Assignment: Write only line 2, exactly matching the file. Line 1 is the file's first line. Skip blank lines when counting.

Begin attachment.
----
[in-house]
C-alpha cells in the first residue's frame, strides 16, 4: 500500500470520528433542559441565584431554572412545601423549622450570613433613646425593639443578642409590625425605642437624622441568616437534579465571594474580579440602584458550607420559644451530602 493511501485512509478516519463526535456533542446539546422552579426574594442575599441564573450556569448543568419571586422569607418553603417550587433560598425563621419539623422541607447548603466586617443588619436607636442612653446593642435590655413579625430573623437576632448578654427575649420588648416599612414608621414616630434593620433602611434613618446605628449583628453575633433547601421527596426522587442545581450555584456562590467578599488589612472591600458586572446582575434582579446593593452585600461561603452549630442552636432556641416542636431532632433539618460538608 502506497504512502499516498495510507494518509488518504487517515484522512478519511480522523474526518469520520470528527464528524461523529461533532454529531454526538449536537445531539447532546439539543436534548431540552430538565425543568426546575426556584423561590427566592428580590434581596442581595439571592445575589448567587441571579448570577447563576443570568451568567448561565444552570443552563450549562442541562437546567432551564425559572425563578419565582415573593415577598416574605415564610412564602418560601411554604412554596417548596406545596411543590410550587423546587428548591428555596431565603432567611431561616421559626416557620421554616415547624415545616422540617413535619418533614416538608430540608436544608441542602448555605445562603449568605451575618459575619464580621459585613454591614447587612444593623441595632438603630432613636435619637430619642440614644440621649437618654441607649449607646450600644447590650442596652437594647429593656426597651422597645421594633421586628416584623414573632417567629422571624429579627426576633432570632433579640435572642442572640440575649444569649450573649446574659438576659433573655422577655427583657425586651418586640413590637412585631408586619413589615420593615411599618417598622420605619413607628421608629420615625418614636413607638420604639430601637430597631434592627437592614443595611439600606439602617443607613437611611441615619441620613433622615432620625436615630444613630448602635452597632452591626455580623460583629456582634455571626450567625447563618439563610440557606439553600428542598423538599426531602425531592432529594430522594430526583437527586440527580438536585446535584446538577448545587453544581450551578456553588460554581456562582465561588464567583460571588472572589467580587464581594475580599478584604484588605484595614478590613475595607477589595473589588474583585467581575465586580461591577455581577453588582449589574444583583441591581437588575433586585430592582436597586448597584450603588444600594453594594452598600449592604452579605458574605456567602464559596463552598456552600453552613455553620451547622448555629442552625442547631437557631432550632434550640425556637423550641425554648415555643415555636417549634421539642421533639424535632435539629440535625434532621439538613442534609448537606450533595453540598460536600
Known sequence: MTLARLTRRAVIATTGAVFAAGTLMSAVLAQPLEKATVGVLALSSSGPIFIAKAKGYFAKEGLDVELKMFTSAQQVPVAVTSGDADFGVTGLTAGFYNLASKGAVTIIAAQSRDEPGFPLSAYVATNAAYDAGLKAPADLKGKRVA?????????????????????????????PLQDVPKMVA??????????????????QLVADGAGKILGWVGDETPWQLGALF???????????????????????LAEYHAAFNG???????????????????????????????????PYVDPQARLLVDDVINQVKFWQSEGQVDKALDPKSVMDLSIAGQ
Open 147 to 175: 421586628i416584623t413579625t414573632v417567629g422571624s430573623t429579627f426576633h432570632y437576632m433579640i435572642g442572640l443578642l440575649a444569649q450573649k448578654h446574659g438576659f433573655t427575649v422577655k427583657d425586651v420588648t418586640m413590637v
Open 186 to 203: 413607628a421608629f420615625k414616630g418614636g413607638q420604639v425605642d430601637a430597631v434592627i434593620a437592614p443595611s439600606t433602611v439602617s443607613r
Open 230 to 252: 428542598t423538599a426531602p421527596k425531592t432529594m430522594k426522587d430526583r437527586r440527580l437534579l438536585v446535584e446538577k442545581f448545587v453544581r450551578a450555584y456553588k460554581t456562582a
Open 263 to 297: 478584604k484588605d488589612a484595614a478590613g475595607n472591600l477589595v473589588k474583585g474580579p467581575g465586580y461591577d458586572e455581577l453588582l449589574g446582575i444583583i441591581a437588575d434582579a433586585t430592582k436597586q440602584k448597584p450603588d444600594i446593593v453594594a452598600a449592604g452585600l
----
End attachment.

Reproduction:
C-alpha cells in the first residue's frame, strides 16, 4: 500500500470520528433542559441565584431554572412545601423549622450570613433613646425593639443578642409590625425605642437624622441568616437534579465571594474580579440602584458550607420559644451530602 493511501485512509478516519463526535456533542446539546422552579426574594442575599441564573450556569448543568419571586422569607418553603417550587433560598425563621419539623422541607447548603466586617443588619436607636442612653446593642435590655413579625430573623437576632448578654427575649420588648416599612414608621414616630434593620433602611434613618446605628449583628453575633433547601421527596426522587442545581450555584456562590467578599488589612472591600458586572446582575434582579446593593452585600461561603452549630442552636432556641416542636431532632433539618460538608 502506497504512502499516498495510507494518509488518504487517515484522512478519511480522523474526518469520520470528527464528524461523529461533532454529531454526538449536537445531539447532546439539543436534548431540552430538565425543568426546575426556584423561590427566592428580590434581596442581595439571592445575589448567587441571579448570577447563576443570568451568567448561565444552570443552563450549562442541562437546567432551564425559572425563578419565582415573593415577598416574605415564610412564602418560601411554604412554596417548596406545596411543590410550587423546587428548591428555596431565603432567611431561616421559626416557620421554616415547624415545616422540617413535619418533614416538608430540608436544608441542602448555605445562603449568605451575618459575619464580621459585613454591614447587612444593623441595632438603630432613636435619637430619642440614644440621649437618654441607649449607646450600644447590650442596652437594647429593656426597651422597645421594633421586628416584623414573632417567629422571624429579627426576633432570632433579640435572642442572640440575649444569649450573649446574659438576659433573655422577655427583657425586651418586640413590637412585631408586619413589615420593615411599618417598622420605619413607628421608629420615625418614636413607638420604639430601637430597631434592627437592614443595611439600606439602617443607613437611611441615619441620613433622615432620625436615630444613630448602635452597632452591626455580623460583629456582634455571626450567625447563618439563610440557606439553600428542598423538599426531602425531592432529594430522594430526583437527586440527580438536585446535584446538577448545587453544581450551578456553588460554581456562582465561588464567583460571588472572589467580587464581594475580599478584604484588605484595614478590613475595607477589595473589588474583585467581575465586580461591577455581577453588582449589574444583583441591581437588575433586585430592582436597586448597584450603588444600594453594594452598600449592604452579605458574605456567602464559596463552598456552600453552613455553620451547622448555629442552625442547631437557631432550632434550640425556637423550641425554648415555643415555636417549634421539642421533639424535632435539629440535625434532621439538613442534609448537606450533595453540598460536600